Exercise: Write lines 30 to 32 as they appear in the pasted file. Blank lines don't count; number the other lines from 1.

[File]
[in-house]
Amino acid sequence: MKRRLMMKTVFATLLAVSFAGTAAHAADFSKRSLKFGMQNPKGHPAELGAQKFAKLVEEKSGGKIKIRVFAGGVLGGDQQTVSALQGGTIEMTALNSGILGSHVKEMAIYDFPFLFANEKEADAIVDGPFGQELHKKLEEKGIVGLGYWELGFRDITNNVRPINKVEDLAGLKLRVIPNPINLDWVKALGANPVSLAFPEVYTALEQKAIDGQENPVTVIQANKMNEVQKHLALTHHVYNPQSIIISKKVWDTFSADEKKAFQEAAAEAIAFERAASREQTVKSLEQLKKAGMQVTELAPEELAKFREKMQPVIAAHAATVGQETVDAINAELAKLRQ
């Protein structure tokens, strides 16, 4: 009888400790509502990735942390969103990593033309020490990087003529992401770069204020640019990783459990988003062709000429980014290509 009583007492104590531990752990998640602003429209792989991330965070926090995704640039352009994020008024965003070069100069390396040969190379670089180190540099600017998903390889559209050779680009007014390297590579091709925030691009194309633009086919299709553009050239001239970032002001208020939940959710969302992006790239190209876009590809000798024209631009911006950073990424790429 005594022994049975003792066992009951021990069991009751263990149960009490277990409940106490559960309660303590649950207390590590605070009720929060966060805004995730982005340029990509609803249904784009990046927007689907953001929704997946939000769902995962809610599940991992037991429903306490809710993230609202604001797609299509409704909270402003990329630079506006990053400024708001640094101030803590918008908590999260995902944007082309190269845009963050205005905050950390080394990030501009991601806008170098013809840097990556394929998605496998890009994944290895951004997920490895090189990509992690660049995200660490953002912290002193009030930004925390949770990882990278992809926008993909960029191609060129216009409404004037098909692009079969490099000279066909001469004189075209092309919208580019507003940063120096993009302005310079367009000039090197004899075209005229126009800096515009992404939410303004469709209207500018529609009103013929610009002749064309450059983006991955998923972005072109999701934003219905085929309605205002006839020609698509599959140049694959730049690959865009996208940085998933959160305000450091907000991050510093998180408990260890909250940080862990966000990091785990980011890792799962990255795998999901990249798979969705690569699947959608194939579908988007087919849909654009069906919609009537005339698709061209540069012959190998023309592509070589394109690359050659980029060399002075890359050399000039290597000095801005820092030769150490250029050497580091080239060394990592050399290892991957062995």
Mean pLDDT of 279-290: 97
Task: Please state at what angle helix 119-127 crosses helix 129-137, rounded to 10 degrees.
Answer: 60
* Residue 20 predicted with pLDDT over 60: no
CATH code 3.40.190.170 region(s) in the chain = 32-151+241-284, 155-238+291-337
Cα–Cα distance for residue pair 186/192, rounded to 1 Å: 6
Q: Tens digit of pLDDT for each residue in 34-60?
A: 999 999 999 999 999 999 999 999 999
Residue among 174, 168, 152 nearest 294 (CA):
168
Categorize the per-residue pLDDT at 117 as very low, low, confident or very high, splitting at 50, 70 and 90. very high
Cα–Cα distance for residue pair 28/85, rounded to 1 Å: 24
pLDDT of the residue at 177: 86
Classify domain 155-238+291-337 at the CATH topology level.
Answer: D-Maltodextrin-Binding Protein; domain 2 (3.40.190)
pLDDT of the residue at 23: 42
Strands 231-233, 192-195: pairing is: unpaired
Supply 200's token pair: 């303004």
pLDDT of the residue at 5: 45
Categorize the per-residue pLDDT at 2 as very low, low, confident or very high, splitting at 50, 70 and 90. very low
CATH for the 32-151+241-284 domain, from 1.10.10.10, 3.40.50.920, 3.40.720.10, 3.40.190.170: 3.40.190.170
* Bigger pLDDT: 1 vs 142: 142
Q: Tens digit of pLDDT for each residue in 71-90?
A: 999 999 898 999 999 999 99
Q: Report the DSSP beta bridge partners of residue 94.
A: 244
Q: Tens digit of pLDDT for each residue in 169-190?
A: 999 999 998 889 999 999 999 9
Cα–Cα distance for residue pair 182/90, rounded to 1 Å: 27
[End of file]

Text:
Q: Tens digit of pLDDT for each residue in 169-190?
A: 999 999 998 889 999 999 999 9
Cα–Cα distance for residue pair 182/90, rounded to 1 Å: 27